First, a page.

What strategies are ophthalmology practices using to tackle technician shortages? Members of the American Academy of Ophthalmic Executives (AAOE) have been using AAOE-Talk to share tips. Here are some highlights.
Recruit Gap-Year Students
Some practices are seeking out graduates who are taking a break between completing their undergraduate degree and starting grad school.
You may have to overcome initial misgivings. “I used to be a tech full-time, so the thought of having to train new staff every summer wasn’t ideal,” said Stephanie M. McKeone, assistant office manager and surgery coordinator at Blue Ridge Eye Ophthalmology in Charlottesville, Virginia. “But it has worked out much better than I thought it would.”
How do you recruit gap-year candidates? “Consider posting tech positions on college job boards,” said Julia Lee, JD, the practice administrator at Lee Vision Associates in Cherry Hill, New Jersey. “Make it clear that training will be provided.”
A 12-month solution. “They catch on quick, and they usually stay for a year before they move on to med or grad school,” said Ms. McKeone. You may not have them long term, agreed Ms. Lee, “but they are very eager to learn, and it helps you meet your immediate hiring needs.”
Teach Staff to Be Technicians
“Recruit medical assistants and train them. They make great technicians,” said Sondra Hoffman, COE, CPC, CMPE, LHRM.
Your next tech may already be on staff. “Do you have any superstars on your front desk or call center who would excel on the clinical side? If so, promote and train them,” said Ms. Hoffman, who is president of Hoffman Consulting Group in Hollywood, Florida.
Cross-training reduces the turmoil of staff turnover. “My entire team is cross-trained to work front desk or clinic,” said Ms. Lee. “When I hire for any position, it is with the expectation that they will eventually learn clinical skills as well.”
Ante Up for the Hiring Process
Try a staffing agency. It might be worth trying a staffing agency, though you will have to pay a fee once a technician is placed with your practice, said Vanessa Valladares, COA, OSC. “Candidates are generally experienced technicians, and if it does not work out in a specified amount of time, our staffing agency suggests more candidates without an additional fee,” said Ms. Valladares, who is the practice administrator at Eye Institute of Essex in Belleville, New Jersey.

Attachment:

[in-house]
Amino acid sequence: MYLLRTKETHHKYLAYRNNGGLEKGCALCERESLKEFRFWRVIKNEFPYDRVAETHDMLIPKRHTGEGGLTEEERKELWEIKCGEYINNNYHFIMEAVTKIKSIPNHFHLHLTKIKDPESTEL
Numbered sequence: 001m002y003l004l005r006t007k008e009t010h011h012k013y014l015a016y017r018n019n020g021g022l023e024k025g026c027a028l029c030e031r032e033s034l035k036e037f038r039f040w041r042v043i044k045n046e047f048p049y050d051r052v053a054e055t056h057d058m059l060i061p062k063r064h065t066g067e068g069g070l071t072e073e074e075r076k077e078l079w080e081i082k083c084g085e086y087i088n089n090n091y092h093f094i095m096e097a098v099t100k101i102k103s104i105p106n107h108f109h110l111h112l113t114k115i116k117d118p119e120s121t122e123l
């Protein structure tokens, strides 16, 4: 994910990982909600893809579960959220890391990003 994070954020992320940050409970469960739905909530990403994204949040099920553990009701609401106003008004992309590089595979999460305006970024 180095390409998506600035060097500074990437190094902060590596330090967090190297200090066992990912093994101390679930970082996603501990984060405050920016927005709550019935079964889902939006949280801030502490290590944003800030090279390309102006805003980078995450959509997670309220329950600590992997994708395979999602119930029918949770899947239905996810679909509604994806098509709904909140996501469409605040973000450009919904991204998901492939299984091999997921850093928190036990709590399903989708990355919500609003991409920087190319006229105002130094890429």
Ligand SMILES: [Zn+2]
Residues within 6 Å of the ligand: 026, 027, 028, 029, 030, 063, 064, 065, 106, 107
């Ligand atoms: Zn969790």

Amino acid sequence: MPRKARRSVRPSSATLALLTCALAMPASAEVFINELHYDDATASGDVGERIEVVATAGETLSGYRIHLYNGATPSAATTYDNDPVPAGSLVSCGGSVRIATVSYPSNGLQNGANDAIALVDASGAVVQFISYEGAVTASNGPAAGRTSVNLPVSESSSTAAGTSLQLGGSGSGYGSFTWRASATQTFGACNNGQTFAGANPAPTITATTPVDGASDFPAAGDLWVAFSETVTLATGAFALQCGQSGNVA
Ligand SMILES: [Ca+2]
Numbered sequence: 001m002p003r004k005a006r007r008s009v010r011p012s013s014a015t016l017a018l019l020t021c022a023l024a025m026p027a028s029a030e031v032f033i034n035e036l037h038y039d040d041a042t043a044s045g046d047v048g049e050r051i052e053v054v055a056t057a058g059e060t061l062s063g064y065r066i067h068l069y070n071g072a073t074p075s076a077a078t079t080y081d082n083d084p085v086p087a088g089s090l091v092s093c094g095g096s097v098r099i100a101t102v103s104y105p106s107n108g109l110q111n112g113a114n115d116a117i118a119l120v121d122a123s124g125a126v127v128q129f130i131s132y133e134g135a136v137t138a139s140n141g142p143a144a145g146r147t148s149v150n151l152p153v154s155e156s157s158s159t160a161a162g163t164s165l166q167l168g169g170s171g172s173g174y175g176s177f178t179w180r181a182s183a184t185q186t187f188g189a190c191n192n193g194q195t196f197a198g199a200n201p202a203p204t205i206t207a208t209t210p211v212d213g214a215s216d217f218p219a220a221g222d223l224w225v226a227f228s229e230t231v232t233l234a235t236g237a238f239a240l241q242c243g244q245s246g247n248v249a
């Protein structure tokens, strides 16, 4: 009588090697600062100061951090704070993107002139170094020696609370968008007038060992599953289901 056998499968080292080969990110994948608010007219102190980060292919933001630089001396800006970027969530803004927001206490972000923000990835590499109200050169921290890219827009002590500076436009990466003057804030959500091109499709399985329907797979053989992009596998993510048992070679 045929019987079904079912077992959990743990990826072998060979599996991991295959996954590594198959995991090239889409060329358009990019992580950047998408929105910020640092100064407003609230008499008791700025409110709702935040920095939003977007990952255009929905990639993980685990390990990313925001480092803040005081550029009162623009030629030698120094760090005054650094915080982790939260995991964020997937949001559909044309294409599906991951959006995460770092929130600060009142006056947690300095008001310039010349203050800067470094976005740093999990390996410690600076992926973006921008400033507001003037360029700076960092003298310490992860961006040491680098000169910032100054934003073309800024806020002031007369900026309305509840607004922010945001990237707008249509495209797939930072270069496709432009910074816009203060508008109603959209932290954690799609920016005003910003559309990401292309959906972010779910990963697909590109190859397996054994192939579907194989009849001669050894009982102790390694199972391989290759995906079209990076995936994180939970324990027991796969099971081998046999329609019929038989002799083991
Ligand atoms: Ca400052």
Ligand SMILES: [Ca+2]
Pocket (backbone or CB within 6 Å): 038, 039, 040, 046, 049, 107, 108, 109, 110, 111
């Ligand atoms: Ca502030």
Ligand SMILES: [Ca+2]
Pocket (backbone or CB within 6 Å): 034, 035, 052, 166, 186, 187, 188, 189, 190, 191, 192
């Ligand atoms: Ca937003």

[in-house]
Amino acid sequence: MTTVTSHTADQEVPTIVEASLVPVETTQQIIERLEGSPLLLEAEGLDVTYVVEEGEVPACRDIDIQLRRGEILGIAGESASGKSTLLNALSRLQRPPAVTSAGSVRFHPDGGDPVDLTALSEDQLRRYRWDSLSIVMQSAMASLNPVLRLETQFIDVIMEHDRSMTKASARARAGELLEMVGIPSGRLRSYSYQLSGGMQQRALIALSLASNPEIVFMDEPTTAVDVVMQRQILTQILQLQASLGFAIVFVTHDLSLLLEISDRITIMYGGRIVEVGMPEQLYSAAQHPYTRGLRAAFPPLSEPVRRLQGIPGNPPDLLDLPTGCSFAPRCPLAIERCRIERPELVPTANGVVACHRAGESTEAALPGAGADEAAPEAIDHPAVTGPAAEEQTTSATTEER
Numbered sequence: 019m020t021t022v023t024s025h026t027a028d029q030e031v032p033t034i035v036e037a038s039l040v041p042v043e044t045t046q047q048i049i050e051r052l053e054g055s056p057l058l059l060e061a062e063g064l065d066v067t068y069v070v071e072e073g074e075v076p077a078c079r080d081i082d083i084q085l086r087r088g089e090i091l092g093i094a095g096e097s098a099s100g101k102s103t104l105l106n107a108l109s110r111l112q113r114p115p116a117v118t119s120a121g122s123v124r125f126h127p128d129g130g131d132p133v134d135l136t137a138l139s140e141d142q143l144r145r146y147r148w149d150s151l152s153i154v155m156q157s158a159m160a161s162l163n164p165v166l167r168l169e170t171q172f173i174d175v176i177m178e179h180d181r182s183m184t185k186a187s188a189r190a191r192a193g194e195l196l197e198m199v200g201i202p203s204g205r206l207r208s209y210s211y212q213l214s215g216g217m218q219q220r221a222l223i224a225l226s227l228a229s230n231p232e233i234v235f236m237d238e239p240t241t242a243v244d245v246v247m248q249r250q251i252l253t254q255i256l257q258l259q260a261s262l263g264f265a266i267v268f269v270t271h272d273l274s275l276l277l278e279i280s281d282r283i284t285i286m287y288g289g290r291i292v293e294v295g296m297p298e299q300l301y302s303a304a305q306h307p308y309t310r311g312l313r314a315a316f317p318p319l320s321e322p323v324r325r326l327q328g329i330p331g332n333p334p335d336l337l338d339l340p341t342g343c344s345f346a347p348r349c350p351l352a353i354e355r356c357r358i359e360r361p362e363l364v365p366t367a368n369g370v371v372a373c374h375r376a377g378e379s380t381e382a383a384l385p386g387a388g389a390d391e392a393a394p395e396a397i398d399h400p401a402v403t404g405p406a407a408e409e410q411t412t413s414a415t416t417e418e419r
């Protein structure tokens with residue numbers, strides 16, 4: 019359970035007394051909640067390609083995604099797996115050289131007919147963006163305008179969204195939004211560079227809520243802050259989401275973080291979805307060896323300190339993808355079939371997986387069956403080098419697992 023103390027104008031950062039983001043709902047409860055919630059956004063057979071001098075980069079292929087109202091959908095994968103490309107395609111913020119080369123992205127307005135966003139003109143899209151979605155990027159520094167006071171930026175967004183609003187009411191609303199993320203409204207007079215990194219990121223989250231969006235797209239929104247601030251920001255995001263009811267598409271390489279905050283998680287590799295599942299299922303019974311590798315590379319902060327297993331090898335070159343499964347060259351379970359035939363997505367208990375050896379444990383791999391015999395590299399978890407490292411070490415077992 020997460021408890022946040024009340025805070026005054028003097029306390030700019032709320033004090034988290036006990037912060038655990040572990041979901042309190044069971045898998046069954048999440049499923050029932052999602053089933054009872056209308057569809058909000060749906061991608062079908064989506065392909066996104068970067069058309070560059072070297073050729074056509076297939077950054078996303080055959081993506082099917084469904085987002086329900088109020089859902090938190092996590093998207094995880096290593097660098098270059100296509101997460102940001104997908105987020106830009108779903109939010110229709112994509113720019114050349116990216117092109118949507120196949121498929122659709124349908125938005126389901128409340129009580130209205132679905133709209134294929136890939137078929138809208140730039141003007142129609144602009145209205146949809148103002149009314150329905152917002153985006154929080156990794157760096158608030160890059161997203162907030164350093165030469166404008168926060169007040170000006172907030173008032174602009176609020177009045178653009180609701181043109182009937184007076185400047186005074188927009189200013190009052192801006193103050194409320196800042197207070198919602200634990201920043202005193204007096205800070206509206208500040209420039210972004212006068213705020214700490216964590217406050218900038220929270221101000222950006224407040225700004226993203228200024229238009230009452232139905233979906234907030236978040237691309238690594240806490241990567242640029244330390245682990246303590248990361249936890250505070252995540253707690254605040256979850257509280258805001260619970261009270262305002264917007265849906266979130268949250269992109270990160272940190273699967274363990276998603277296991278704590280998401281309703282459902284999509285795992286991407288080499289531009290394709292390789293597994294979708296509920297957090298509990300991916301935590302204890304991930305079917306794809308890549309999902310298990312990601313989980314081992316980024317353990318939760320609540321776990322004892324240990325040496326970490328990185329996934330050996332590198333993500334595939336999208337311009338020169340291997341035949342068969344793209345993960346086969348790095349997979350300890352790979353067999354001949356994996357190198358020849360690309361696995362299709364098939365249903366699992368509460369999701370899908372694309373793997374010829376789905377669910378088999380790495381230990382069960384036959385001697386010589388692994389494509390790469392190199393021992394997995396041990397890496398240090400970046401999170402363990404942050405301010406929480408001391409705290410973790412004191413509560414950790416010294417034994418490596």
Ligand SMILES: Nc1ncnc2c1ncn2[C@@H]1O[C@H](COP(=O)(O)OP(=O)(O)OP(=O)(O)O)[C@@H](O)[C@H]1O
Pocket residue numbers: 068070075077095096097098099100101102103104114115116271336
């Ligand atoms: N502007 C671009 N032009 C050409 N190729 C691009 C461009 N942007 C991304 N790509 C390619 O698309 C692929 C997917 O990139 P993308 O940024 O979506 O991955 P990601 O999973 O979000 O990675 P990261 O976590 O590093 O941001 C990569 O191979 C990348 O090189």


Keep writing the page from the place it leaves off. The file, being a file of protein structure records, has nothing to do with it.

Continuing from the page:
Ask staff for referrals. You can encourage staff to help recruit technicians by offering them a referral bonus, said Ms. Hoffman. “You can give half the bonus when the new person starts and the balance after his or her six-month anniversary.”
Reduce interview no-shows. “I recently heard of some practices offering gift cards to applicants who show up for interviews,” said Brian Pfeifer, an EMR support specialist at Illinois Retina in Harvey, Illinois.
Are Staff Members Happy?
Use exit interviews to explore why staff are leaving, and then consider what the practice can do to address those issues, said Ms. Valladares. “What are your hours? How many patients are you processing a day? Do you have enough support staff? Do they have to work at multiple offices? It all counts,” she said. “Generally, if staff are happy, they are not leaving.”
Note: The above tips are drawn from an AAOE-Talk discussion thread. The quotations were edited for length and published with the permission of the discussants.
Relevant financial disclosures: None.
For full disclosures and the disclosure key, see below.
Full Financial Disclosures
Ms. Hoffman Hoffman Consulting Group: EE.
Ms. Lee Modernizing Medicine: C; North Star Vision Partners: C.
Ms. McKeone None.
Mr. Pfeifer None.
Ms. Valladares None.
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